Zynga CEO Don Mattrick shows his hand: Zynga announces lower revenues, reduced loss, and the acquisition of UK based game developer NaturalMotion.
Zynga, under the helm of Don Mattrick formerly head of Microsoft’s Xbox team, announced earnings and the acquisition of NaturalMotion for $527 million. At the same time, the company also ushered out 15% of its employees through the layoff door. Let’s just say jaws were dropped.
NaturalMotion, based in the UK was founded in 2001 by Torsten Reil and cronies from Oxford University. Reil’s PhD work had been around human motion and the company started out with tools to create realistic human motions in 3D characters. The first product developed by the company was a procedural animation engine that did not rely on canned movements, but could respond dynamically and realistically. Reil used to joke that his product Endorphin, could save lives and the technology was used in games and special effects. It’s first, most celebrated use was in Grand Theft Auto and in movies including Troy and Poseiden, The Getaway, and Metal Gear Solid.
Technology development continued at NaturalMotion and in addition to Endorphin, their middleware portfolio includes the Euphoria runtime engine, and Morpheme for motion simulation blending animations, inverse kinematics, and rigid body simulations. That’s a lot of powerful technology for the game developers at Zynga to get their hands on.
NaturalMotion learned a lot from their customers in the game development market, they learned what to do, they learned what not to do, and they learned there can be considerably more ROI in game development than there is in middleware. Reil recognized mobile as wide open territory, and in 2009 the company showed what they could do with Backbreaker, an American football game and the followed up with CSR Racing for the mobile platform. Most recently, they released Clumsy Ninja, featuring a charming, hapless little character who can be abused and/or trained for battle and his body bounces back with consistent realism thanks to the Euphoria engine.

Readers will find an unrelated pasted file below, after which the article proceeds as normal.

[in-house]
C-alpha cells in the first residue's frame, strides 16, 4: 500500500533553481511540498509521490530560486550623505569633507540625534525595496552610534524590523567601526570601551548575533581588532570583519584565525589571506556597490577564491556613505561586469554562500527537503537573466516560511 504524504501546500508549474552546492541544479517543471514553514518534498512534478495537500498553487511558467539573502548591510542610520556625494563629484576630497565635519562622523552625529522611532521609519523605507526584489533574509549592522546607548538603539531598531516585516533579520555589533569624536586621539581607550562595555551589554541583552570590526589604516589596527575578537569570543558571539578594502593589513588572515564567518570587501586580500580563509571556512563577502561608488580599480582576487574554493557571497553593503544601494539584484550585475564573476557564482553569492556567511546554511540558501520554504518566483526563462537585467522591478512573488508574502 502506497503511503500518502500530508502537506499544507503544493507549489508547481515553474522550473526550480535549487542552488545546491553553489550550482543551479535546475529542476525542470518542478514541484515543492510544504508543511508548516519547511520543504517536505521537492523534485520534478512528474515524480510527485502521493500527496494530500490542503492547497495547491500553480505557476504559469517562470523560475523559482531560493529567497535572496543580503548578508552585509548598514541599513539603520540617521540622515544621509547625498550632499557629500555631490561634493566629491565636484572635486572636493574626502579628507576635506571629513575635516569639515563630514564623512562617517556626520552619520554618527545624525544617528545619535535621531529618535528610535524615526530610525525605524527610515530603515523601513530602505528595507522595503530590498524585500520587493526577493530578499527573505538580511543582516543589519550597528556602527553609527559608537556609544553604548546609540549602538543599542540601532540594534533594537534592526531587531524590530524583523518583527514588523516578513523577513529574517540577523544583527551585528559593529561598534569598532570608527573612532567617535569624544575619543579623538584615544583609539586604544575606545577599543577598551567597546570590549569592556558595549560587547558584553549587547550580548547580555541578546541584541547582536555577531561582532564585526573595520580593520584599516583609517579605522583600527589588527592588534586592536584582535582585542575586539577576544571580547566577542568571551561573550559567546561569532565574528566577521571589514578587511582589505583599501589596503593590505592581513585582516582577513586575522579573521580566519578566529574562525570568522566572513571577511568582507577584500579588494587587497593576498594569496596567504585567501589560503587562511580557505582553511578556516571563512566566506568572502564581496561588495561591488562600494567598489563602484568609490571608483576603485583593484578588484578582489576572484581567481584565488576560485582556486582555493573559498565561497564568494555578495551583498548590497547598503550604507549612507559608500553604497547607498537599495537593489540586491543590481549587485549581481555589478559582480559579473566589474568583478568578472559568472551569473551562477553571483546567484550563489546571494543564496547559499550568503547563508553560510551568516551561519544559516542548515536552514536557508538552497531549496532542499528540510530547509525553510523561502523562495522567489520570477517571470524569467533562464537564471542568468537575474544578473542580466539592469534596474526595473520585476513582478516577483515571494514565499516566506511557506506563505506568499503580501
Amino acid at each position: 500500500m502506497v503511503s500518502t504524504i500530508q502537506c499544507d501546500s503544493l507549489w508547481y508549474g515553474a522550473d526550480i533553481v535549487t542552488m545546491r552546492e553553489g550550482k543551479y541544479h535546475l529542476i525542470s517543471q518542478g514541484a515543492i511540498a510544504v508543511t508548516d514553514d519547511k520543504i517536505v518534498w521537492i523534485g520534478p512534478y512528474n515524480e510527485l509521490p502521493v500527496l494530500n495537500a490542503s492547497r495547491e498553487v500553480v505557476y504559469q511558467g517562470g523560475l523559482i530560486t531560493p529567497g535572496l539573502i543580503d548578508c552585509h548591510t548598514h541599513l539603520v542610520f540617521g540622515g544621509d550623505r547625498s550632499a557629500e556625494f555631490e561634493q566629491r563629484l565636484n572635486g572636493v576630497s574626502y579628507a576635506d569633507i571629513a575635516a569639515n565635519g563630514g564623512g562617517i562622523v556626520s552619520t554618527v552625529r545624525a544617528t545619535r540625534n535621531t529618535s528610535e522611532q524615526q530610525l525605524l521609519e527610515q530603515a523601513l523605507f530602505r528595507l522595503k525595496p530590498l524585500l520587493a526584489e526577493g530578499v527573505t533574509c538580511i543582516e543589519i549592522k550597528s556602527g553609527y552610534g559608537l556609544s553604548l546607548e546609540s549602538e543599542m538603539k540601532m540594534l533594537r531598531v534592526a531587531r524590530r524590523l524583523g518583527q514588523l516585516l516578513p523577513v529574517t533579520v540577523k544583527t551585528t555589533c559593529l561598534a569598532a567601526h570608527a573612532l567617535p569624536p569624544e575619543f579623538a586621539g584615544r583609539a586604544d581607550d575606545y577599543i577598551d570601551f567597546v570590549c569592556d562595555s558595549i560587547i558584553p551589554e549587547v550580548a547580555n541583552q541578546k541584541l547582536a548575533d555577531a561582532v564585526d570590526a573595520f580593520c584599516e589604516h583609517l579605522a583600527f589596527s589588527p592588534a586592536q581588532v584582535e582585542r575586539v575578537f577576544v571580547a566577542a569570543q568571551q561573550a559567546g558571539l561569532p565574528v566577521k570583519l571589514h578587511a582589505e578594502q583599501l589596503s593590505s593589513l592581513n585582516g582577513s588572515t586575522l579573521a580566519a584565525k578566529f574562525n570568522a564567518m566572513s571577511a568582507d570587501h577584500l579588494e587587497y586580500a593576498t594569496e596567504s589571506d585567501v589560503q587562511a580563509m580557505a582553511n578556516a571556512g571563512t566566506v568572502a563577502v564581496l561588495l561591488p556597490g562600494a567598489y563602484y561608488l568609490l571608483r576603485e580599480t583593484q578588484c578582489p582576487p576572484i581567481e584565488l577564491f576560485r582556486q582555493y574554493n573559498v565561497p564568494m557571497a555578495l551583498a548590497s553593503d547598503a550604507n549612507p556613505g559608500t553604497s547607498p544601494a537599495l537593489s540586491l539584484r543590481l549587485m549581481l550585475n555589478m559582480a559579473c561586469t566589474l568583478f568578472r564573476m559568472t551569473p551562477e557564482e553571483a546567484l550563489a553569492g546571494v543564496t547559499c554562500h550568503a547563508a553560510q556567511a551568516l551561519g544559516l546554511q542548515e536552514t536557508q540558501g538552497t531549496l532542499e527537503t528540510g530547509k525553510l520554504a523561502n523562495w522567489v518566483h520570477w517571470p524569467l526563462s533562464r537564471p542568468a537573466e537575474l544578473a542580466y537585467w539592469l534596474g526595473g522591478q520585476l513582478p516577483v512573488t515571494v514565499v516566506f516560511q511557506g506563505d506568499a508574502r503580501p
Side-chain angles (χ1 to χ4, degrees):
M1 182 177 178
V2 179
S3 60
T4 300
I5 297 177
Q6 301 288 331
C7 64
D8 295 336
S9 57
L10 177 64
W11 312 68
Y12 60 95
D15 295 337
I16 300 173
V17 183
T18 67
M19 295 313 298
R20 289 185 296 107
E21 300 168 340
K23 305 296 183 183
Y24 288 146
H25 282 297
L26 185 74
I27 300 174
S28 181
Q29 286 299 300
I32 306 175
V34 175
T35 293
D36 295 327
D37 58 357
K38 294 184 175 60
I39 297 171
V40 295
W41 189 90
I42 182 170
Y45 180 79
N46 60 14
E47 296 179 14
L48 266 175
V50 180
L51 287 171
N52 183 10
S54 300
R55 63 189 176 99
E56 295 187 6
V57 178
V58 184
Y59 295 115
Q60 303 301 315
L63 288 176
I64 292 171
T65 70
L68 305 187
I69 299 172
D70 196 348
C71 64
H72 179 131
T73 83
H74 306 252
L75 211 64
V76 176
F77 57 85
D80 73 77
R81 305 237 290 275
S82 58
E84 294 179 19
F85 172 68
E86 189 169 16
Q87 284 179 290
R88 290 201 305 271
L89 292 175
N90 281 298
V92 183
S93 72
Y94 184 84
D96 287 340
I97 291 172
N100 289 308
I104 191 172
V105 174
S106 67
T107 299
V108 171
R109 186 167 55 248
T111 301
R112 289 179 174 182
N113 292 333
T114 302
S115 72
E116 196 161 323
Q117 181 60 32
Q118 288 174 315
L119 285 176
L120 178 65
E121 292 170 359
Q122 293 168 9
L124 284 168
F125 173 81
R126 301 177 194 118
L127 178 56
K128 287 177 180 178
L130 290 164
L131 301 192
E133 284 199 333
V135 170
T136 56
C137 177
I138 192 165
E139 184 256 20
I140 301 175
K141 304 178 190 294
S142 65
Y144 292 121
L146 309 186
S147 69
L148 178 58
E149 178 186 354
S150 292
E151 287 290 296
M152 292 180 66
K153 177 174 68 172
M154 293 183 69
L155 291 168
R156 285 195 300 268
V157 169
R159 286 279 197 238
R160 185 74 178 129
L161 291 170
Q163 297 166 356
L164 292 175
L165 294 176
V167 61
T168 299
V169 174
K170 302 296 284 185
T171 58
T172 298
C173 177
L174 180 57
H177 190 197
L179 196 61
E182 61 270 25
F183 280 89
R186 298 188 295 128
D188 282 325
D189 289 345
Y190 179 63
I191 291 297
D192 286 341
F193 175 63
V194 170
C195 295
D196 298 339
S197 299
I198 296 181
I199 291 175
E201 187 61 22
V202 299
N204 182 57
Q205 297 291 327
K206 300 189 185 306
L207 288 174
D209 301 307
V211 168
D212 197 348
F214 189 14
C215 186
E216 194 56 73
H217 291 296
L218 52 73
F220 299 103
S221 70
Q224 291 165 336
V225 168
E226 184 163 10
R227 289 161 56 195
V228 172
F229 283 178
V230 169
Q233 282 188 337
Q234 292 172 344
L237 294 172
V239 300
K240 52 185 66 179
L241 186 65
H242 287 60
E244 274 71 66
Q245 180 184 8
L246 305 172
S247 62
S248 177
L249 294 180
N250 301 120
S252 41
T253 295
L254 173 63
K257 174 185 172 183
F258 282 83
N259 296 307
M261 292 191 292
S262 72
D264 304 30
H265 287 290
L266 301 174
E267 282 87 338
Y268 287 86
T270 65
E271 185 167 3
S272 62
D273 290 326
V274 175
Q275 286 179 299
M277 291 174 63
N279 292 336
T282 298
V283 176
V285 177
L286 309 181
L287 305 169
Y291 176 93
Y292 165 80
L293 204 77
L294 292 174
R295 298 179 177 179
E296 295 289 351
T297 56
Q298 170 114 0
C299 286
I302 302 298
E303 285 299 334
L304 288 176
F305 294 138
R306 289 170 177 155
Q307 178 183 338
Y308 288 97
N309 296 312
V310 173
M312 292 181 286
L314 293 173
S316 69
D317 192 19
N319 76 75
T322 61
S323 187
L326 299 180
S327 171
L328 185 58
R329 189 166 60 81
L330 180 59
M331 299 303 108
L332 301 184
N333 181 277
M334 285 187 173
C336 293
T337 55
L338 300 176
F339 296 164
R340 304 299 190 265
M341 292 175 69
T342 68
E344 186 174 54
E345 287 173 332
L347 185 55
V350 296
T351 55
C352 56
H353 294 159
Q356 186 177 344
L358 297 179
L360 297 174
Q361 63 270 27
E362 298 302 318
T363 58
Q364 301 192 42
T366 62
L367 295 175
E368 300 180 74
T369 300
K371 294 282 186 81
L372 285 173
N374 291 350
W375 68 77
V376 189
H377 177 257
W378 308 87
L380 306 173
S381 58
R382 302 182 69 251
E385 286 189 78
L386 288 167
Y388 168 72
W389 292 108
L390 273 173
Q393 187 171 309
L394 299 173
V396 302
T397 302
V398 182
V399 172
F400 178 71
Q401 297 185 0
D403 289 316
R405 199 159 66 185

The games have been critical hits and massively downloaded, but NaturalMotion’s recipe for success is not all that different from that of Zynga: get ‘em hooked and people will pay incrementally. However, Reil also goes for quality. He saw opportunity in the mobile market because he saw games being shoved out the door without enough concern for quality. He told Matt Martin in an interview with GamesIndustry International “there’s a lot of fast following in mobile. The right way to approach this is do something original, not to chase revenues that already worked for somebody else”
In his talks about the acquisition, Mattrick has said that he’s long been aware of NaturalMotion’s work both as a middleware provider and later as a game developer. He said the Xbox team admired the quality of CSR Racing.
Mattrick has been at Zynga since July, 2013. The company’s revenues have continued to decline, but Mattrick points out that he’s reducing losses. Results for Zynga’s quarter ending December 2013 were not great. The company’s revenues came in at $176.4 million, below expectations and the company reported a loss of $25.2 million. The company reported a loss of $48.6 million the year before.
Zynga has been steadily laying off people. The company’s peak was at approximately 3,300 in 2012 and news reports put the company’s ranks at around 2,100 now. Zynga will let about 315 people go in the latest layoff, and NaturalMotion has about 260 people. In interviews Mattrick has said Zynga grew fast adding companies and people without necessarily restructuring around them. In his prepared statements, Mattrick has said he plans to reduce debt and start rebuilding.
So, here’s how it all works out. NaturalMotion shareholders will receive $391 million in cash, and 39.8 million shares of Zynga Class A Common Stock, 11.6 million of those shares will vest over the coming three years to the retained employees of NaturalMotion. All that stock has gotten more valuable with the announcement of layoffs, and Mattrick’s plans for the future. Zynga stock took a 20% jump following the company’s announcement.
What do we think?
We’ve been huge admirers of NaturalMotion. We thought the technology was absolutely swell when we first saw it in the early days. We have been even more impressed to see what the company has been able to do as it pivoted to game development. Perhaps it’s a logical transition that the people making gaming engines turn to game development. We’ve seen it before, but we’ve rarely seen a company perform so well on its game plan in such a short time. Zynga has paid a lot of money for NaturalMotion, but it’s getting a big package in terms of money, talent, and technology.